Vodafone adds rural 4G coverage for a lucky few

Vodafone this week announced that it has rolled out “reliable 4G” to more than 50 rural locations in the UK.

It’s an interesting choice of headline, given that it immediately begs the question of whether the telco was previously deploying unreliable 4G…but we know what it means so we’re not going to make fun of it.

The UK mobile operator reliably informs us that it has extended 4G coverage to 57 rural communities in England, Scotland, Wales and Northern Ireland. It’s not immediately clear how many people will benefit from the arrival of 4G – Vodafone is talking up usage by both residents and visitors – but it has to be a step in the right direction when it comes to fixing coverage black spots.

The rollout forms part of the UK’s Shared Rural Network (SRN) programme, which was agreed between the government and the mobile operators three years ago with the aim of improving mobile coverage in difficult-to-reach areas. Its goal is to bring 4G coverage to 95% of the UK landmass by 2025 and it is backed by over £1 billion in funding: £500 million from the state and £530 million from the telcos.

“Connectivity is vital for everyone, which is why we are continually investing in our network, But connecting rural and hard-to-reach parts of the UK can be difficult and restricted by cost,” noted Andrea Dona, UK Network and Development Director for Vodafone.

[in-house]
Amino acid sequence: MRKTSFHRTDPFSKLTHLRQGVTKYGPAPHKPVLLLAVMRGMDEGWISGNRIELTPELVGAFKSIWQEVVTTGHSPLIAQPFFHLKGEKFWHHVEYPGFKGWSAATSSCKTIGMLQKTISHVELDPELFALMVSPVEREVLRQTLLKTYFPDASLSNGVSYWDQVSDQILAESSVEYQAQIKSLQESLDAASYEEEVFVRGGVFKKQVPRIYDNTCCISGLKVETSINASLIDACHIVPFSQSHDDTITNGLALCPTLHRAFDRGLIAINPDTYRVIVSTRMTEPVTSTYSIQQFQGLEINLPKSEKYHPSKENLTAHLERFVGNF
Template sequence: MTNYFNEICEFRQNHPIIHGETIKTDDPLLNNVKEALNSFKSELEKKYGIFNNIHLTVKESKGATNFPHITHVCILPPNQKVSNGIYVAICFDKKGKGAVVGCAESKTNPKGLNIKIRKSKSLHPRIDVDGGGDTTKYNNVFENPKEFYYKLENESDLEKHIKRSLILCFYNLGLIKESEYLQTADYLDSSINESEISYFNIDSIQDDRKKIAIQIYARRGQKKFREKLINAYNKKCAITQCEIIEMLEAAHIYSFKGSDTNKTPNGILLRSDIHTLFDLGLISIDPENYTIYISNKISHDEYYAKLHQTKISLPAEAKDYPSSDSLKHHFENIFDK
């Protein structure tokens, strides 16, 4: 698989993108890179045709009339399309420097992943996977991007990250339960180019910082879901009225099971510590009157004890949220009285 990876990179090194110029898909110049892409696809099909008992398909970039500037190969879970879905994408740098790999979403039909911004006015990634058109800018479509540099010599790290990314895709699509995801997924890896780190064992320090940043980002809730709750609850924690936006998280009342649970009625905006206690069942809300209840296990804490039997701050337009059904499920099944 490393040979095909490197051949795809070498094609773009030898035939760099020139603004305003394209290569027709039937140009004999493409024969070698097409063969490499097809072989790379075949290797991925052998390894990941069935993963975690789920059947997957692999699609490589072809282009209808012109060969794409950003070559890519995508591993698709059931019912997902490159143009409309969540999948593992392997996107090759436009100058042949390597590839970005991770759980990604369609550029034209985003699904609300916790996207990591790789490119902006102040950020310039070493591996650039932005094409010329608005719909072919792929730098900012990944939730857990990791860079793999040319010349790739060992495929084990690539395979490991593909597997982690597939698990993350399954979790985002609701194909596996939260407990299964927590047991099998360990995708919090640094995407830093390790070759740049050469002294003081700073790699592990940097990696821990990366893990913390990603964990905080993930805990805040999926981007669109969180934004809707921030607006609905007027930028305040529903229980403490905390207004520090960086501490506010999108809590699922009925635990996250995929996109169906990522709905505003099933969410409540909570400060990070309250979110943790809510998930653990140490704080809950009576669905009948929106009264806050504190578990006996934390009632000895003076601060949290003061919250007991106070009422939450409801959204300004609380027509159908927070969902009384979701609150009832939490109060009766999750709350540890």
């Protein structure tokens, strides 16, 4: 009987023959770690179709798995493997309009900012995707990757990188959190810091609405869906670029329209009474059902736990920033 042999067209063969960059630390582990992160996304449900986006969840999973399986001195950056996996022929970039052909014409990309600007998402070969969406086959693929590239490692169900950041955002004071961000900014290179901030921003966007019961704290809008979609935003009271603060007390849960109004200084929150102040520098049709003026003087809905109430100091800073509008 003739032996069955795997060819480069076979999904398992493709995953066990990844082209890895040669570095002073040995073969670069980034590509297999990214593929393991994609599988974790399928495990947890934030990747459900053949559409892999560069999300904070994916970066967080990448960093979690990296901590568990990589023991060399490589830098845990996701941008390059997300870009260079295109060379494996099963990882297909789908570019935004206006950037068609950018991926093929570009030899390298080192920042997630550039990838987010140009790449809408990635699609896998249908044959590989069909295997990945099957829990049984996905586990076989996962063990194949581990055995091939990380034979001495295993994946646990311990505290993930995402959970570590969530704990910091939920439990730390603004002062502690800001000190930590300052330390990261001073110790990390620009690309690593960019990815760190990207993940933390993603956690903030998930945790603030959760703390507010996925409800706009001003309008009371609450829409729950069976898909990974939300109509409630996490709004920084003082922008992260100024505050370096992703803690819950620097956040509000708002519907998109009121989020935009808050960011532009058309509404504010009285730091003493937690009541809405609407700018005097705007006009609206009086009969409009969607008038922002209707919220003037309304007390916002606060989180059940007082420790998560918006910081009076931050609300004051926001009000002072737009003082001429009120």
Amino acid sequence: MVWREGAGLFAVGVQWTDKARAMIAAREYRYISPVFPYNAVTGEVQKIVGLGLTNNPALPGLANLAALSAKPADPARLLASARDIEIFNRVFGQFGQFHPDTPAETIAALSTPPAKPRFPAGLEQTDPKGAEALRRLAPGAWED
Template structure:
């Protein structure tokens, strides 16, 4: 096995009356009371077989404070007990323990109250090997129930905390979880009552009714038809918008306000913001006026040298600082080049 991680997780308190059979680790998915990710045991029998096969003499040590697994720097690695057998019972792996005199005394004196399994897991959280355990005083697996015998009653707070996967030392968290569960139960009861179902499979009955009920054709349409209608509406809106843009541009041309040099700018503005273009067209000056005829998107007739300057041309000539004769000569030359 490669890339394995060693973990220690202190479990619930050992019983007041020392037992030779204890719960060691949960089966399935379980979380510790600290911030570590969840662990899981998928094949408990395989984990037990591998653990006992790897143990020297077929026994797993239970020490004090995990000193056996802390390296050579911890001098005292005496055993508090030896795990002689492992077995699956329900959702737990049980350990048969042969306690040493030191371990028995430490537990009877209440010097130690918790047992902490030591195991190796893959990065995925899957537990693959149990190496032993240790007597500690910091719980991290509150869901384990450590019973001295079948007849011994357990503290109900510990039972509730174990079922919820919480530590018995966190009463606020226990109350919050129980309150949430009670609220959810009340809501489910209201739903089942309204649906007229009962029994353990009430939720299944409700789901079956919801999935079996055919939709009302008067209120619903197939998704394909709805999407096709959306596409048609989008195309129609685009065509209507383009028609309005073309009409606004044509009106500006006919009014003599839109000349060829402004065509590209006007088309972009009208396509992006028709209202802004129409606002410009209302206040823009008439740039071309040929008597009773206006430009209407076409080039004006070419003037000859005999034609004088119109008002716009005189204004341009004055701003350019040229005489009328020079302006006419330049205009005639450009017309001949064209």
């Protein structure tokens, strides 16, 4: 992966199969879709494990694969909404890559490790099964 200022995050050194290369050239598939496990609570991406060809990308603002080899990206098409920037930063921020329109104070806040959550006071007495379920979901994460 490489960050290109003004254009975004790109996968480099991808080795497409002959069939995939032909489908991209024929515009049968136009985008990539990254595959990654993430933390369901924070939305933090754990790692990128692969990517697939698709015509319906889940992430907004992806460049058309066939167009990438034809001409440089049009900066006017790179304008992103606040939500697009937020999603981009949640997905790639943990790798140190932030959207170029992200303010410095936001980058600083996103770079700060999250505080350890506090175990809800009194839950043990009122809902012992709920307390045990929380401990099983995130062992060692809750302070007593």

Naturally, the government also had to have its say.

“The £1 billion Shared Rural Network is a key part of our plan to make patchy mobile phone reception a thing of the past and give people great connectivity wherever they live,” said Department for Science, Innovation & Technology Minister Julia Lopez. “Vodafone is working tirelessly to boost 4G coverage in rural areas and it’s great to see the progress being made.”

All in all, it’s a pretty self-congratulatory announcement. But that doesn’t take away from the fact that progress is being made, albeit at a moderate pace.

Ofcom’s Connected Nations 2022 report, published at the back end of last year, showed that the UK mobile network operators had deployed more than 150 new sites under the SRN programme, not including sites that were already planned when the SRN was announced or those built primarily to support the emergency services. Meanwhile, many more sites had been upgraded, Ofcom said.

But the regulator was in no danger of getting over-excited.

“Taken together this activity has seen a small increase in the area where all MNOs now provide coverage,” it said. The increase in sites meant that good mobile coverage is now available across 92.2% of the UK, up from 91.9% in 2021.

Aside from those lucky (few?) residents in the 0.3 percent of the UK landmass affected by last year’s coverage growth, SRN progress must feel pretty glacial to those it is supposed to benefit. But the telco announcements will keep coming and the percentages will creep up.


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